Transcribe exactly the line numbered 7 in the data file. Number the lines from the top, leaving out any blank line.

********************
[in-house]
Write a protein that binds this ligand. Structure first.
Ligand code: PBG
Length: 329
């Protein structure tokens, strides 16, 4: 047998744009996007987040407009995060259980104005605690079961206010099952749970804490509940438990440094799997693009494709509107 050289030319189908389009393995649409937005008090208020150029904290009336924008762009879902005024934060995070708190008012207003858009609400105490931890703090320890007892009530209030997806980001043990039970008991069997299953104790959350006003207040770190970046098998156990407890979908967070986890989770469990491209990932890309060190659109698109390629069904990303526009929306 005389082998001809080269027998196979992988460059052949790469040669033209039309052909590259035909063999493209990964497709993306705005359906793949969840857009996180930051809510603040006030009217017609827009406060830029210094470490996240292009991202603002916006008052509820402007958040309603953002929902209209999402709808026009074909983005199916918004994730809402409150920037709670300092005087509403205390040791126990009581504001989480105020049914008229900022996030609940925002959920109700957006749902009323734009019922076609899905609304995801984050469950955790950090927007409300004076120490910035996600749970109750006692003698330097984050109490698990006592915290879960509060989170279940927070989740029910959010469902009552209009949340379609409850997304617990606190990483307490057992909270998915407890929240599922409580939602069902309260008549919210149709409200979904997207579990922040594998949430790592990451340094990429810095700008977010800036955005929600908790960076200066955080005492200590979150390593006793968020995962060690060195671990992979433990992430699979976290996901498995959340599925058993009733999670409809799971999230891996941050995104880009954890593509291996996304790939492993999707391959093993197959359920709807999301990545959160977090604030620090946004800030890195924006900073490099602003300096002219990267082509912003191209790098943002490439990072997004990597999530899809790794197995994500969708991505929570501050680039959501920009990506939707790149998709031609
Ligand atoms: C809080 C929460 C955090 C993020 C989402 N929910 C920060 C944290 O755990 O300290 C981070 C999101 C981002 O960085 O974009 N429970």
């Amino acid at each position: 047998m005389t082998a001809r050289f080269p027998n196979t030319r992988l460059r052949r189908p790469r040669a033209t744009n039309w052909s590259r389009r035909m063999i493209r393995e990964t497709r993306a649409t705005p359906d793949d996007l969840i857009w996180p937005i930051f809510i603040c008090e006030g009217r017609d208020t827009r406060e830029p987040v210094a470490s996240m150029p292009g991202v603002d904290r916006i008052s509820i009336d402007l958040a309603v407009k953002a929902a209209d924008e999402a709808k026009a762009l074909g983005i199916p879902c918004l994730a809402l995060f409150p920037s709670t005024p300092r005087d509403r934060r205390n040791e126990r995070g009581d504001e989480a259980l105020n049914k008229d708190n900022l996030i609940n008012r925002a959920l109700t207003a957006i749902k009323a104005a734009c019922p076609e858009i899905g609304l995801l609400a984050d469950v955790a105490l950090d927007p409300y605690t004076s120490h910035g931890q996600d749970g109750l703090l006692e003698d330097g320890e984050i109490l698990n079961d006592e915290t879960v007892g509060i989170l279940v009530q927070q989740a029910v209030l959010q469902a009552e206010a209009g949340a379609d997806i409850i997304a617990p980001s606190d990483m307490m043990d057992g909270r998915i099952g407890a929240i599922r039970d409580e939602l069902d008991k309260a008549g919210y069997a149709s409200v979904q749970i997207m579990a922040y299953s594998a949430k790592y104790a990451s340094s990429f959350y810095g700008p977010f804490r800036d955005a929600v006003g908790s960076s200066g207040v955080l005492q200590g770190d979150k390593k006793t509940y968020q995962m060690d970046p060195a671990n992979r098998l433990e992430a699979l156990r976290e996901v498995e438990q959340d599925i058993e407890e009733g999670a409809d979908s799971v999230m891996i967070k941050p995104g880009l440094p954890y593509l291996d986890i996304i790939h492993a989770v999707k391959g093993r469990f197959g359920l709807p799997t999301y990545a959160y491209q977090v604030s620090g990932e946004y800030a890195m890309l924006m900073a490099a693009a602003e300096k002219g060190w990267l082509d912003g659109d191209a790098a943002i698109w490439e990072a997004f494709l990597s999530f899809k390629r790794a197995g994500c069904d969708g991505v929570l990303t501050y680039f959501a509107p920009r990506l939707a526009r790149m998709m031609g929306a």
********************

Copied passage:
């Amino acid at each position: 047998m005389t082998a001809r050289f080269p027998n196979t030319r992988l460059r052949r189908p790469r040669a033209t744009n039309w052909s590259r389009r035909m063999i493209r393995e990964t497709r993306a649409t705005p359906d793949d996007l969840i857009w996180p937005i930051f809510i603040c008090e006030g009217r017609d208020t827009r406060e830029p987040v210094a470490s996240m150029p292009g991202v603002d904290r916006i008052s509820i009336d402007l958040a309603v407009k953002a929902a209209d924008e999402a709808k026009a762009l074909g983005i199916p879902c918004l994730a809402l995060f409150p920037s709670t005024p300092r005087d509403r934060r205390n040791e126990r995070g009581d504001e989480a259980l105020n049914k008229d708190n900022l996030i609940n008012r925002a959920l109700t207003a957006i749902k009323a104005a734009c019922p076609e858009i899905g609304l995801l609400a984050d469950v955790a105490l950090d927007p409300y605690t004076s120490h910035g931890q996600d749970g109750l703090l006692e003698d330097g320890e984050i109490l698990n079961d006592e915290t879960v007892g509060i989170l279940v009530q927070q989740a029910v209030l959010q469902a009552e206010a209009g949340a379609d997806i409850i997304a617990p980001s606190d990483m307490m043990d057992g909270r998915i099952g407890a929240i599922r039970d409580e939602l069902d008991k309260a008549g919210y069997a149709s409200v979904q749970i997207m579990a922040y299953s594998a949430k790592y104790a990451s340094s990429f959350y810095g700008p977010f804490r800036d955005a929600v006003g908790s960076s200066g207040v955080l005492q200590g770190d979150k390593k006793t509940y968020q995962m060690d970046p060195a671990n992979r098998l433990e992430a699979l156990r976290e996901v498995e438990q959340d599925i058993e407890e009733g999670a409809d979908s799971v999230m891996i967070k941050p995104g880009l440094p954890y593509l291996d986890i996304i790939h492993a989770v999707k391959g093993r469990f197959g359920l709807p799997t999301y990545a959160y491209q977090v604030s620090g990932e946004y800030a890195m890309l924006m900073a490099a693009a602003e300096k002219g060190w990267l082509d912003g659109d191209a790098a943002i698109w490439e990072a997004f494709l990597s999530f899809k390629r790794a197995g994500c069904d969708g991505v929570l990303t501050y680039f959501a509107p920009r990506l939707a526009r790149m998709m031609g929306a």